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The SENECA project aims to provide first evaluations of gas concentrations and emissions from permafrost and/or thawing shallow strata and to derive a first estimate of the CO2 and CH4 emission at Southern Polar Hemisphere. The obtained results can also be used to assess uncovered new problems and opportunities, such as how the Antarctica environment can increase to permanent and temporal scale the global temperatures. The project is organized in four major tasks: (1) soil gas content and origin; (2) CO 2 and CH 4 degassing output; (3) geophysics exploration and petrographic characterization of the soils; (4) seasonal trend of CO2 soil concentration. Geoelectrical data: The field campaign took place in the Taylor Valley, which is part of the McMurdo Dry Valleys (Antarctica). We performed 2D data acquisition on five profiles, ~N-S and ~W-E trending from Dec 26, 2019 to Jan 20, 2020. We used the Fullwaver system (Gance et al., 2018, Lajaunie et al.,2018). The Fullwaver system does not require long and heavy multi-core cables and fixed array configurations. Recording and injection devices come into separate hardware. Specifically, this field apparatus consists in: a) an induced polarization transmitter (VIP) b) one current measurement unit called I-Fullwaver c) a set of 2-channels independent receiving nodes called V-Fullwavers d) a motor-generator Current is injected through an induced polarization transmitter, (VIP 5000, IRIS Instruments). This transmitter enables to inject current up to 10 Amps, 5000W and 3000V, with a frequency of 0.5Hz. An external 7kVA generator provides current for the VIP. The receiving nodes record continuously the electrical field and the injection electrodes can be moved inside and outside the receiving nodes with any type of electrode array configuration. Injected current is recorded in real-time on the I-Fullwaver. Profile 1 (4.5 km length), 2 (3.8 km length) and 3 (3.2 km length) were designed in order to reach an ideal depth of investigation of ~800 m, while profiles 4 (1.8 km length) and 5 (1.6 km length) were designed in order to reach the depth of the borehole data from DVDP 11 (~300m), giving an independent geological control in phase of modeling and interpretation. We used from 8 to 12 receiving nodes combined with one injection node. Each V-Fullwaver was connected to 3 receiving electrodes deployed in a line (P1, P2, P3). Their spacing was set to 50 meters. Between each receiving node a 100 m spacing was set. One electrode A (e.g. Tx 1 ) was always fixed at one end of the profile and we moved the B (e.g. Tx 4 ) electrode across the acquisition line, until completing the largest injection, e.g. Tx1 -Tx9 . This procedure was repeated forward and backward, adopting Tx 1 or the last transmission as fixed electrode respectively. The distance between the injections was set to 200m for the transmissions located inside or immediately close to the V-Fullwaver line, while for the injections external to the V-Fullwaver line, the distance was set to 250m (e.g. for profiles 1, 2, 3). Receiving and injecting nodes are GPS-synchronized with an independent GPS unit mounted on each Fullwaver. Post-processing of the raw data can be performed to improve the signal to noise ratio producing high-resolution data. GPS positions for all the electrodes were acquired with a GPSMAP 64s, with an accuracy of ~3 m. For the data processing, we will utilize data of the surface topography extracted from Lidar of the Taylor Valley (Fountain et al., 2017). During the acquisition, contact resistances ranged from ~0.6 KOhm to 2.3 KOhm. We injected from 0.8 A to 2.5 A for 120 to 180s, in order to obtain as many stacks as possible to decrease the signal to noise ratio.
The SENECA project aims to provide first evaluations of gas concentrations and emissions from permafrost and/or thawing shallow strata and to derive a first estimate of the CO2 and CH4 emission at Southern Polar Hemisphere. The obtained results can also be used to assess uncovered new problems and opportunities, such as how the Antarctica environment can increase to permanent and temporal scale the global temperatures. The project is organized in four major tasks: (1) soil gas content and origin; (2) CO2 and CH4 degassing output; (3) geophysics exploration and petrographic characterization of the soils; (4) seasonal trend of CO2 soil concentration. Geochemical data: The geochemical dataset includes: Soil gas sampling/flux measurements and GasPRO CO2 monitoring probes Soil gas surveying consists in collecting gas samples from the active layer zone to measure the concentrations of some gaseous species in the soil pores. To avoid the major influence of meteorological variables, samples are collected inserting a steel probe vertically in the soil to a depth from 0.2 m to 0.6 m, depending by the thickness of the active layer. Soil gas samples are taken from the probe by using a 60 cc plastic syringe and stored in a 15 ml glass vials. The collected gas samples have been analyzed in Scott Base lab with a chromatographer (CP 4900 by Varian) to define the concentrations of the following gaseous species: He, Ne, H2, O2, N2, CH4, C2H2, C2H4, C2H6, CO2, H2S. Radon (222Rn) and Thoron (220Rn) have been measured directly in the field using Durridge RAD7 instrument performing three/four measurements with 5-minute integration time. A total number of 226 samples were collected in this first expedition. Measurements of exhalation flux of CO2 and CH4 from the soil into the atmosphere have been conducted using the West System (West Systems TM) accumulation static closed-chamber method. Continuous monitoring of CO2 concentrations in active layer bottom was started with the deployment of GasPro CO2 Monitoring Probe designed to measure temperature, pressure and CO2 concentration in the unsaturated soil horizon. CO2 concentration is measured via a Non-Dispersive Infra-Red (NDIR) sensor (model IRC‐A1 Alphasense). The probes are equipped with four batteries and a small solar panel that should last for 10 to 12 months (depending on the outside temperature), collecting 1 measurement/hour. Water and permafrost sampling We sampled shallow waters among all streams, ponds and lakes in the studied areas. Physical-chemical parameters such as water temperature, pH, redox potential (Eh), electrical conductivity and alkalinity were determined in situ. Water samples were collected and stored in high-density polyethene flacons for laboratory analysis in the following amount: 2 flacons of 50ml for major anions and cations 1 flacon of 50ml for minor and trace elements 1 flacon of 100ml for isotopic analyses 1 serum glass bottle of 155ml for dissolved gas in the water. Major anions and cations were sampled on filtered and filtered and acidified samples, respectively. Minor and trace elements were collected on filtered and acidified samples. An unfiltered sample was collected for the determination of stable isotope analyses (δ18O, δD). The analysis of the chemical composition of dissolved gases (He, Ne, H2, O2, N2, CH4, CO2), extracted from water samples collected in serum glass bottles and sealed by gas-tight rubber plugs according to the method of Capasso and Inguaggiato (1998), was carried out in the Scott Base Laboratory by using a Agilent 4900 CP Micro-gas chromatograph equipped with two TCDs and Ar as carrier gas. Dissolved gas composition (expressed in mmol/L at STP) was calculated from the composition of the exsolved gas phase based on the solubility coefficient of each gas compound (Whitfield, 1978). Analytical error was <5%. A total number of 31 water samples were collected in this expedition. In addition, 33 permafrost samples were collected. These samples were sampled by hitting the permafrost with a hammer and chisel and collecting the small pieces of still frozen permafrost in a serum glass bottles of 155 ml. The bottle was sealed and vacuum-packed by removing the air inside it using a needle and syringe. Once the permafrost samples were defrosted, the gas content in the bottles were measured (He, Ne, H2, O2, N2, CH4, CO2). These measurements were performed directly at Scott Base using the Agilent 4900 CP Micro-gas chromatograph.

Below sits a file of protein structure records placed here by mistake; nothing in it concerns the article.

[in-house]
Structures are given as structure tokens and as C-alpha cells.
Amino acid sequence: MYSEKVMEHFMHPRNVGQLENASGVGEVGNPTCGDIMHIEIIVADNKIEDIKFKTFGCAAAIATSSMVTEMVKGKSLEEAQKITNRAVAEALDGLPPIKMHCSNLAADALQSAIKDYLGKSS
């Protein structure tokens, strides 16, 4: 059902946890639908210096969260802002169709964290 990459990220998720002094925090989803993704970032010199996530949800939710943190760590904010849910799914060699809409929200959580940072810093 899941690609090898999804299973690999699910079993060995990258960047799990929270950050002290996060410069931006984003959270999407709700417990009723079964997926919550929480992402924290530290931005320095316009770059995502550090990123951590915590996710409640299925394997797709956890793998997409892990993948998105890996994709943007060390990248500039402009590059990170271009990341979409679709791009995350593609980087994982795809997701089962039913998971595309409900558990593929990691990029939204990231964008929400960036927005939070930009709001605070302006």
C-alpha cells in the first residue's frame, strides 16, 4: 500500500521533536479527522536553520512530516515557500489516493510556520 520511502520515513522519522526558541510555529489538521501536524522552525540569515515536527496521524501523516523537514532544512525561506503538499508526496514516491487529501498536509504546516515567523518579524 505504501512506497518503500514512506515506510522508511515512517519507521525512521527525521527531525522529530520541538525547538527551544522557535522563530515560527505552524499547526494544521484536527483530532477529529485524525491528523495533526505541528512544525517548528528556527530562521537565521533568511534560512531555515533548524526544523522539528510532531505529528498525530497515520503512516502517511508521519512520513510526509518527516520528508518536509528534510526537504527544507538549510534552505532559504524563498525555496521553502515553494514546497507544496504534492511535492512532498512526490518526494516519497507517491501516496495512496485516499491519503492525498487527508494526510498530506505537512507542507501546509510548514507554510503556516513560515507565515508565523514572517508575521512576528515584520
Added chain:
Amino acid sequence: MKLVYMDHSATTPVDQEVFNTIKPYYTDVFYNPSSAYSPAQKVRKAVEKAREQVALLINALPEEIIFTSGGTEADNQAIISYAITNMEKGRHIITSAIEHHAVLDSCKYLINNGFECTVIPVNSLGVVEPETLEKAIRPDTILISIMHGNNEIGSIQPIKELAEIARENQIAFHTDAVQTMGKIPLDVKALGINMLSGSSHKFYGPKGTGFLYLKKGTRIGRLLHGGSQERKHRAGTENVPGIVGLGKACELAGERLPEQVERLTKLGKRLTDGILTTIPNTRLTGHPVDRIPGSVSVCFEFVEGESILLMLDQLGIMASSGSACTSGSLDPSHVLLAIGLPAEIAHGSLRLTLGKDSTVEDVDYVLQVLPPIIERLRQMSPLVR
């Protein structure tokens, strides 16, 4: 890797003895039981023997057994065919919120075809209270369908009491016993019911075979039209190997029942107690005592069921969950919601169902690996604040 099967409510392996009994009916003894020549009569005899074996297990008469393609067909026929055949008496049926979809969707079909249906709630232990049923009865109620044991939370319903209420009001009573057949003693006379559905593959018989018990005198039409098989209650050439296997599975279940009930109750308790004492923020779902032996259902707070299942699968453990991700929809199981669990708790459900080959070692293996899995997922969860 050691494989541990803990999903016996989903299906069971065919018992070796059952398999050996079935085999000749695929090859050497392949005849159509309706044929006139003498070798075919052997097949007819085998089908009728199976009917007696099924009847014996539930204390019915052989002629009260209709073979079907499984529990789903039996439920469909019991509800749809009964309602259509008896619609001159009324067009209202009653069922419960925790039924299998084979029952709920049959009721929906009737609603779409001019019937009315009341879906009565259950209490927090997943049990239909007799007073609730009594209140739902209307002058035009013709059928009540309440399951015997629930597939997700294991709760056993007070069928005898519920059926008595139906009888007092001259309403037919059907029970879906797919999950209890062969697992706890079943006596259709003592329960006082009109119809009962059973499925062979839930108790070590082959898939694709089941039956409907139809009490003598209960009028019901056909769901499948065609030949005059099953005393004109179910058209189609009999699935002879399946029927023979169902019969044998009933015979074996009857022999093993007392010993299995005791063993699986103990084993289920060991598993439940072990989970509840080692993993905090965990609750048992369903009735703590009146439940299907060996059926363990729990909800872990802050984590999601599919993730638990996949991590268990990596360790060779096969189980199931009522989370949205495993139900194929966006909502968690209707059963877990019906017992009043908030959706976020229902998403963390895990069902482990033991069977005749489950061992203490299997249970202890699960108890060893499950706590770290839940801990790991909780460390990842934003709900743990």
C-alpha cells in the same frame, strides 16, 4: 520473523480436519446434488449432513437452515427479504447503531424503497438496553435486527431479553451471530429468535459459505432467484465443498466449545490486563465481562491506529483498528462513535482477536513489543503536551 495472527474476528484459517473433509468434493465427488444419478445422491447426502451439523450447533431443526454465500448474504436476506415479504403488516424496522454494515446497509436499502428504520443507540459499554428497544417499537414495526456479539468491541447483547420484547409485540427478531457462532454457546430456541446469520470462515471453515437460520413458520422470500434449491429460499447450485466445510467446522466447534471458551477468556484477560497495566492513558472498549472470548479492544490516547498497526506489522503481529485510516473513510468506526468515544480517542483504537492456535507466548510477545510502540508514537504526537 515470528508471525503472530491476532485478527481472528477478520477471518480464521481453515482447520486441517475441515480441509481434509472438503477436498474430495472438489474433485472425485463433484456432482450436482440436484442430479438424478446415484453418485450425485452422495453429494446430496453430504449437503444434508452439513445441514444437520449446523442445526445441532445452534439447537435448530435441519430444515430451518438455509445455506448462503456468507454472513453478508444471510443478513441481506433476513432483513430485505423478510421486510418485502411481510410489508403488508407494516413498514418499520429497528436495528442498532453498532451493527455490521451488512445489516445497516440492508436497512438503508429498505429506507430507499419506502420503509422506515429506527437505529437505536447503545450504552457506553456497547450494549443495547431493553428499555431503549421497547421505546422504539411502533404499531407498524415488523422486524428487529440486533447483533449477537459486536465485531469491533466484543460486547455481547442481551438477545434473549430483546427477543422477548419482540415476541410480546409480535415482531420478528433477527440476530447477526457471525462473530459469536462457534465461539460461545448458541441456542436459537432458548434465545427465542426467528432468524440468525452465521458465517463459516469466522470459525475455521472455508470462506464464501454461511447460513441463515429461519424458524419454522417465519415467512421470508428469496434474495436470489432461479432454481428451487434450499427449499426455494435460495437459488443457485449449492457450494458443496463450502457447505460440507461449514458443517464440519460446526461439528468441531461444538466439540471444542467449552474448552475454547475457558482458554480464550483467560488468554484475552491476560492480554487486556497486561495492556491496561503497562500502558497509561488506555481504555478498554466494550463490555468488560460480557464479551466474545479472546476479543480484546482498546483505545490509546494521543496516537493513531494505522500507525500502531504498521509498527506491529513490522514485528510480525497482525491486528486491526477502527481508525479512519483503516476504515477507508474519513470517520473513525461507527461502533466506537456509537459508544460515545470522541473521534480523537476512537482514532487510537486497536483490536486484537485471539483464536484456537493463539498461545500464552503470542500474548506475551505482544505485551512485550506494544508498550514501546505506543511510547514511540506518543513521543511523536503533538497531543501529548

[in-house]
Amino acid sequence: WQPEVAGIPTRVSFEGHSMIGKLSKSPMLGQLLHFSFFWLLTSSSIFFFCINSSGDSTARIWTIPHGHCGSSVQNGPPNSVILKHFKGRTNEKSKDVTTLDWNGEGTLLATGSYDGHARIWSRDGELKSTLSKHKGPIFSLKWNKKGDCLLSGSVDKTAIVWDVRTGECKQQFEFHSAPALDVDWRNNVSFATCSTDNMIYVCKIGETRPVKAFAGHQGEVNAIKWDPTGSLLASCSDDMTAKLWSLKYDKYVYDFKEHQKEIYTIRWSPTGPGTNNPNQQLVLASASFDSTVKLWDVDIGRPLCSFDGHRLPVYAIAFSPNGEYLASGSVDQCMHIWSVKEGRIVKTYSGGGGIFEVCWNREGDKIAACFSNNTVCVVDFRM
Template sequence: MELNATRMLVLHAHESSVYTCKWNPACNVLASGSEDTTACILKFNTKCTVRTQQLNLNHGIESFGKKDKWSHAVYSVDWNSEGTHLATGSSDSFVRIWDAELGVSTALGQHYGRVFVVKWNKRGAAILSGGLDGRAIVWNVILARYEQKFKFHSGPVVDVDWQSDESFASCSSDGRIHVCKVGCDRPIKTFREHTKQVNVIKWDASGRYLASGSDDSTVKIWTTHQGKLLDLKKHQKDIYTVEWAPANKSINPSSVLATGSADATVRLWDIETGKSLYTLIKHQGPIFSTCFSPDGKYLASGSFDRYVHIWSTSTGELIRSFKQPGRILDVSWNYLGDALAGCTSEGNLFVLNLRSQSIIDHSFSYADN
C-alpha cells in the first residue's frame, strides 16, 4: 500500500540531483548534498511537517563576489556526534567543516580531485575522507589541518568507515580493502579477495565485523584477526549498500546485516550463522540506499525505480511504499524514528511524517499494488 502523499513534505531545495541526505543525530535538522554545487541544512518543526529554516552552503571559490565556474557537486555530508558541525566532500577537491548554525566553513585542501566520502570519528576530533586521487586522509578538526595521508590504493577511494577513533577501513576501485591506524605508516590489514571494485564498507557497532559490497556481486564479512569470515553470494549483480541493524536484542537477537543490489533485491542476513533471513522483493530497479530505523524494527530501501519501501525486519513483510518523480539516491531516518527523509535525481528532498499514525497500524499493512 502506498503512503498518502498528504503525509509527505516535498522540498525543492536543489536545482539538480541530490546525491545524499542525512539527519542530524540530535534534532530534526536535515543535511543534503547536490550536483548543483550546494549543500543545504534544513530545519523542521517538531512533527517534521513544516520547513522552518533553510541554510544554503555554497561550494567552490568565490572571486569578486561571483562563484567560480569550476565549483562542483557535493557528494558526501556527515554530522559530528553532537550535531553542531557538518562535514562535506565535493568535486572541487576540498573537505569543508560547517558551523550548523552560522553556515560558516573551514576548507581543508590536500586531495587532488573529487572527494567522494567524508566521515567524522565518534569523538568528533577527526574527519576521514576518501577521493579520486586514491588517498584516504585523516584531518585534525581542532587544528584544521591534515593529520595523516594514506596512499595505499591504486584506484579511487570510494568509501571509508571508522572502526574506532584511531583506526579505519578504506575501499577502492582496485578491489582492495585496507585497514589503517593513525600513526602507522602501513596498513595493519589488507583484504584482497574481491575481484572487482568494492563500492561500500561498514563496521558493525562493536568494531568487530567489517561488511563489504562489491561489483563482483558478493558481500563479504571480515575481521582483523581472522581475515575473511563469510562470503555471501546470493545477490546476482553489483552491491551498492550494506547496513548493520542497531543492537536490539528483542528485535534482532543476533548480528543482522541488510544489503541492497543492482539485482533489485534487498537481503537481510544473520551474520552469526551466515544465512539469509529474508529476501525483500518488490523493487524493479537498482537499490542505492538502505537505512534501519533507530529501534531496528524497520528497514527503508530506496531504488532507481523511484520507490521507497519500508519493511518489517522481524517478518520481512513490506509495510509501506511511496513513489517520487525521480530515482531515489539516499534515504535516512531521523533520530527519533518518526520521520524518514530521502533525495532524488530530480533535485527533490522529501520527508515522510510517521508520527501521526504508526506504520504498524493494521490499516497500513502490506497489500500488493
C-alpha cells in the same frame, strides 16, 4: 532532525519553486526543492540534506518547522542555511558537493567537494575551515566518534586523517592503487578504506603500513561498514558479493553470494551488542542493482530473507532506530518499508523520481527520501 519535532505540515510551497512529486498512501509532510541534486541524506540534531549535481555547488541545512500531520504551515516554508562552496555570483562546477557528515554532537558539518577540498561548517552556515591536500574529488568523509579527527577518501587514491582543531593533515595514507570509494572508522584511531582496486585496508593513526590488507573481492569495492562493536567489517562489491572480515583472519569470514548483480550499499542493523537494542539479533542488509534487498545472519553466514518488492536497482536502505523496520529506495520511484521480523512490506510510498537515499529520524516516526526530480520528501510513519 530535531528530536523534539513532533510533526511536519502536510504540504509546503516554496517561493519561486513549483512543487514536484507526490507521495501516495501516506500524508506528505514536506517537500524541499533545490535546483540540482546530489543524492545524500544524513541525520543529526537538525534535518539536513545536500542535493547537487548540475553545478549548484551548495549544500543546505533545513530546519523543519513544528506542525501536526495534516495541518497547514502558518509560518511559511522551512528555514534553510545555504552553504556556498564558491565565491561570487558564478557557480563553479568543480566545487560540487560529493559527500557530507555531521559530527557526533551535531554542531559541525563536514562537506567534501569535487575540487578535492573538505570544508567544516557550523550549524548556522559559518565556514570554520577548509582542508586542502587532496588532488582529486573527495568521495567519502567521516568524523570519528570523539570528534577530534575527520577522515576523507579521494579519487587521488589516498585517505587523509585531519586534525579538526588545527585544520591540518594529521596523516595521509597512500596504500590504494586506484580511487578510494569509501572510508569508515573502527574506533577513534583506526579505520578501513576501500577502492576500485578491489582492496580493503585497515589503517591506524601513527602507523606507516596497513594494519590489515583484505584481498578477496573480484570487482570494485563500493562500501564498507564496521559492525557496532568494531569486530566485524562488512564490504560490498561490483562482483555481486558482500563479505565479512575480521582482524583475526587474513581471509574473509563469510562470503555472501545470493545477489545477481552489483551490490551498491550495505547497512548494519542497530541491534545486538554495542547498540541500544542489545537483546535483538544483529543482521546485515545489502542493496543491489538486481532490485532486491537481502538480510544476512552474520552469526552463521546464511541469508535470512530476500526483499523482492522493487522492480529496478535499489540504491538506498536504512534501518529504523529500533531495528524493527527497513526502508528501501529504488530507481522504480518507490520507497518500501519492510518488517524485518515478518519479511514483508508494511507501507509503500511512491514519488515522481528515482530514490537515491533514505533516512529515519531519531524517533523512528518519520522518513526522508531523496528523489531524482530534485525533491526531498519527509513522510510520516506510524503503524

The SENECA project aims to provide first evaluations of gas concentrations and emissions from permafrost and/or thawing shallow strata and to derive a first estimate of the CO2 and CH4 emission at Southern Polar Hemisphere. The obtained results can also be used to assess uncovered new problems and opportunities, such as how the Antarctica environment can increase to permanent and temporal scale the global temperatures. The project is organized in four major tasks: (1) soil gas content and origin; (2) CO2 and CH4 degassing output; (3) geophysics exploration and petrographic characterization of the soils; (4) seasonal trend of CO2 soil concentration. PETROLOGICAL DATA Soil sampling and analyses: During field activities, soil was described, and specimens were collected in such a way to obtain a homogeneous areal distribution of the samples, representative of the investigated regions. Soil sampling sites were usually coincident with soil gas measuring and collecting sites, which were located on a pre-determined grid, unless specific geomorphological units off the grid were considered of interest. Soil was described and documented at 83 locations in the Taylor Valley and 30 locations in the Lower Wright Valley. The number of soil samples collected in the Taylor and in the Lower Wright Valleys was 57 and 14, respectively. Some of the samples also included sub-samples, in order to separate the different horizons that constituted the soil. In selected sites, a sub-sample of the underlying permafrost was also collected. The number of permafrost sub-samples collected in the Taylor and in the Lower Wright Valleys was 33 and 14, respectively. Criteria for the selection of the sites where to collect permafrost thus included, in addition to the representativeness of the specific site in terms of soil textural and petrographical features, the values of soil gas measured at that site. Soil was generally constituted by lose sediments with different grain size. Locally, the upper part of the soil was weakly cemented. In these cases, an undisturbed sub-sample of the cemented soil was also collected within a rigid plastic vial. 5 sub-samples of this type were collected from the Taylor Valley and one from the Lower Wright Valley. At each considered site, the stratigraphy of the soil was described on a vertical section obtained by digging a pit down to permafrost, over an area of maximum 40x50 cm. Soil texture, grain size distribution, sedimentary structures, colour, nature of clastic elements, water content, depth and type of permafrost were described and photographically documented. Nature and dimension of gravel at the surface were also annotated. In addition, air temperature was measured using a XS Temp 7 PT 100 thermometer. Temperature was also measured at soil surface, at depth of 5 cm, 10 cm, and at every additional 10 cm depth, at the base of soil, in contact with permafrost, and within permafrost, by inserting the probe in a 5 to 10 cm deep hole made with a chisel. Weather conditions during measurements were also annotated. After measurements and sample collection, the pit was filled up again and the site recovered at our best to minimise impact. As concern the analyses, all the sampled soils have been subjected to: XRF - X-ray Fluorescence Spectroscopy ICP Ms - Inductively coupled plasma – mass spectrometry XRD - X-ray Diffraction Granulometry analysis On 20 selected samples we performed also: Gamma-ray spectrometry analysis Radon emission coefficient On permafrost sub-samples, TOC were measured On the 6 undisturbed samples, micro tomography analysis was also performed